CNBC first reported that the partnership is for Facebook’s AR glasses are called “Orion” internally. Orion is being designed to replace smartphones, sources familiar with the project told CNBC. Features include live-streaming from the wearer’s point of view, phone calls, and a display for the user to see information while wearing the glasses.
The Information then reported that the partnership is actually for Facebook’s smart glasses, called “Stella” internally. These glasses will be similar to Snap’s Spectacles, allowing users to record from their point of view.
Facebook is developing a voice assistant — like Apple’s Siri or Amazon’s Alexa— in tandem with the its smart glasses. Orion and Stella wearers would be able to communicate with the glasses using this voice assistant, CNBC reported about Orion and The Information reported about Stella.
Orion could come to market between 2023 and 2025, according to CNBC. These dates are pushed back from an originally scheduled launch of 2020, a launch date a source told Business Insider in January.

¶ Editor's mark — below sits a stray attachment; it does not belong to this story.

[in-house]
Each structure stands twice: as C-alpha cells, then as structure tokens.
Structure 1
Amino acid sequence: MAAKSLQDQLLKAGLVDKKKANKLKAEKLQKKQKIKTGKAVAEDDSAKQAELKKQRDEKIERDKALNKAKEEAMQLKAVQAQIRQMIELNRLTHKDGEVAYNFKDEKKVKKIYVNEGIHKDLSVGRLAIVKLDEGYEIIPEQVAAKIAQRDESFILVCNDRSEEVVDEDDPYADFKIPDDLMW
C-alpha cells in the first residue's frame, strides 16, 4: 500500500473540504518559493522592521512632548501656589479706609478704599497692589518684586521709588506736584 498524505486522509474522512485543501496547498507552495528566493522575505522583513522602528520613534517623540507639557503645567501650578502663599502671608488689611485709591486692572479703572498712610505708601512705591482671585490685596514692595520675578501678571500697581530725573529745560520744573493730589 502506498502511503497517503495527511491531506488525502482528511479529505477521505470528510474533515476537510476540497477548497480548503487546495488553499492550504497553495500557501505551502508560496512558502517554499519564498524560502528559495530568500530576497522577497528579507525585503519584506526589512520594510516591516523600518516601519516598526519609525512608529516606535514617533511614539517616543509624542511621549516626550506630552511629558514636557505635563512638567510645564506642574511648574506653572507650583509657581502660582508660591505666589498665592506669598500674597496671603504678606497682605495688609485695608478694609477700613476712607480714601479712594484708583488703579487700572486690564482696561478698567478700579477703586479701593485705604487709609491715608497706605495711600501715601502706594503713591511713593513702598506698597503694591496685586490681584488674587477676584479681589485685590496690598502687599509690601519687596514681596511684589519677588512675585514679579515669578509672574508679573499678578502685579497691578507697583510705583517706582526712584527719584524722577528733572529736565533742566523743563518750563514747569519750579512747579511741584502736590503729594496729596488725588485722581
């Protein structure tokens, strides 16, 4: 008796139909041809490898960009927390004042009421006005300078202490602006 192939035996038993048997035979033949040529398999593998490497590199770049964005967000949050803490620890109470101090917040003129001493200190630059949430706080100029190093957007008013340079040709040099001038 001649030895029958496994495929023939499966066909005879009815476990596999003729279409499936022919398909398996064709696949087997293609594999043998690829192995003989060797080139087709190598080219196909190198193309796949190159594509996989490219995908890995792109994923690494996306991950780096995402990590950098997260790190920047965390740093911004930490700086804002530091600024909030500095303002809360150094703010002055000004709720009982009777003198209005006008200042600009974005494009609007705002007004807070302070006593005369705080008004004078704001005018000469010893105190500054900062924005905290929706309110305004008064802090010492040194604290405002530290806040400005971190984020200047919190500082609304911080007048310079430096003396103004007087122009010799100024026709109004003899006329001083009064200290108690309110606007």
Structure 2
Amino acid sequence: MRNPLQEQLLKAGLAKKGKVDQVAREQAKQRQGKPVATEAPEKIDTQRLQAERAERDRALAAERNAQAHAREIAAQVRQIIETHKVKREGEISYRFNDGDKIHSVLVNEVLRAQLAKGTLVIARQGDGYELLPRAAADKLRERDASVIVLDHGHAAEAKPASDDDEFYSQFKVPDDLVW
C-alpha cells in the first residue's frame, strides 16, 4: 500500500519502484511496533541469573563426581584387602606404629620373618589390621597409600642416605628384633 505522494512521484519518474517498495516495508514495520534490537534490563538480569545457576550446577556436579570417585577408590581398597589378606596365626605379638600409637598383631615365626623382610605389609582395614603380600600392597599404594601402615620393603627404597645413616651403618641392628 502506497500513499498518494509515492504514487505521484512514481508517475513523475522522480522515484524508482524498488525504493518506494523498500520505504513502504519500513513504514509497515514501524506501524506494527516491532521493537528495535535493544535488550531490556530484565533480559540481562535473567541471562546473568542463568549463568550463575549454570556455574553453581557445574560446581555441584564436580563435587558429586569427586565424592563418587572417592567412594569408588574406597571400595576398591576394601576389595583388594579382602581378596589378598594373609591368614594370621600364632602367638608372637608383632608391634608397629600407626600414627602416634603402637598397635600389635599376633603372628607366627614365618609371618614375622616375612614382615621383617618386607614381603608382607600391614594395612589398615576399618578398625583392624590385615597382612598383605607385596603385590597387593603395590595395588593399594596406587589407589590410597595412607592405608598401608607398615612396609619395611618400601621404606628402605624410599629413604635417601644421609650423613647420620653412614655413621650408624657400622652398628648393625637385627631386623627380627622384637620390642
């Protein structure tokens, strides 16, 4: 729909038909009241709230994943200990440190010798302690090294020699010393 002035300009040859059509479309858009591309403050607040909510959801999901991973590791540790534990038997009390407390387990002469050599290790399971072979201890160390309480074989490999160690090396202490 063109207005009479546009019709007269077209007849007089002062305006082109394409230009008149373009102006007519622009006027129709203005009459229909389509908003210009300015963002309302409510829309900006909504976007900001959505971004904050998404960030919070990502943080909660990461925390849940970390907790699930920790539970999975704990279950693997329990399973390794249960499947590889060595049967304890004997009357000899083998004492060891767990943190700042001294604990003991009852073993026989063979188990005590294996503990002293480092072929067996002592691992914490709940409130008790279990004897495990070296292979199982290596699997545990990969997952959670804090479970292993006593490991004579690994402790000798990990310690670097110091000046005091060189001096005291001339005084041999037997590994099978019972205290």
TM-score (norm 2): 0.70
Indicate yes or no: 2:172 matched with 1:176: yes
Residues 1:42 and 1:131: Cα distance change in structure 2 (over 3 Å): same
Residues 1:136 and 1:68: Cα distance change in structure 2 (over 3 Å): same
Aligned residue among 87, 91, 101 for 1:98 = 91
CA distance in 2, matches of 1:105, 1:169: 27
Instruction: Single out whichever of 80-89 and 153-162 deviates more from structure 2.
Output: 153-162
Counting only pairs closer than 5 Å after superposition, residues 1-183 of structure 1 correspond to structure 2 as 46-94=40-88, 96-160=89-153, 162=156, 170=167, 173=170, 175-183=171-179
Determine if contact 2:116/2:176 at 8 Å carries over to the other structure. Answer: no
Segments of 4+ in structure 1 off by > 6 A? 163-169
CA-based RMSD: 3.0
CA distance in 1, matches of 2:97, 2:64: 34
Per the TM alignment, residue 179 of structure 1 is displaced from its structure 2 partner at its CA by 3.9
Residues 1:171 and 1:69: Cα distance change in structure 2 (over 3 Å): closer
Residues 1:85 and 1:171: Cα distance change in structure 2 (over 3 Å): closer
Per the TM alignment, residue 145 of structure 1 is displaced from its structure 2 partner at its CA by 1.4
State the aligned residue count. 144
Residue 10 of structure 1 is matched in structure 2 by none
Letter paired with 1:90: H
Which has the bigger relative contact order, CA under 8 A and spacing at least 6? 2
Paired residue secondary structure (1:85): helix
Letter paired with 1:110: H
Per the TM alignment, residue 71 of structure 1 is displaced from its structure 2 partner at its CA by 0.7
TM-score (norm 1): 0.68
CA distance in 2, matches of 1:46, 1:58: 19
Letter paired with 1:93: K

Facebook has run into the challenge of reducing the size of Orion to something palatable to potential wearers, a source who has worked on Orion told CNBC. As for the Stella glasses, the partnership with Luxottica is helping Facebook determine whether people are keen to wear a Facebook-branded product, a source familiar with the project told The Information.
Facebook and Luxottica declined to comment.
Facebook moved hundreds of employees from Facebook Reality Labs, which focuses on research, to an AR product team, Business Insider reported in January. The team restructuring was part of Facebook’s push towards creating its AR glasses.
“We made a shift to a more functional organization last year and brought the AR product work into our product org and out of research, now that we are closer to shipping,” Facebook spokesperson Tera Randall told Business Insider in January.
Facebook CEO Mark Zuckerberg teased the company’s vision for augmented-reality glasses at Facebook’s annual developer conference in 2017. A digital mock-up of how the glasses might look, displayed to the crowd in an onstage presentation, resembled ordinary-looking eyeglasses with the capability to superimpose digital objects in the field of view.
Rob Price contributed to this report.
Got information on Facebook’s forthcoming smart glasses? You can contact the writer of this article, Rebecca Aydin, at email@example.com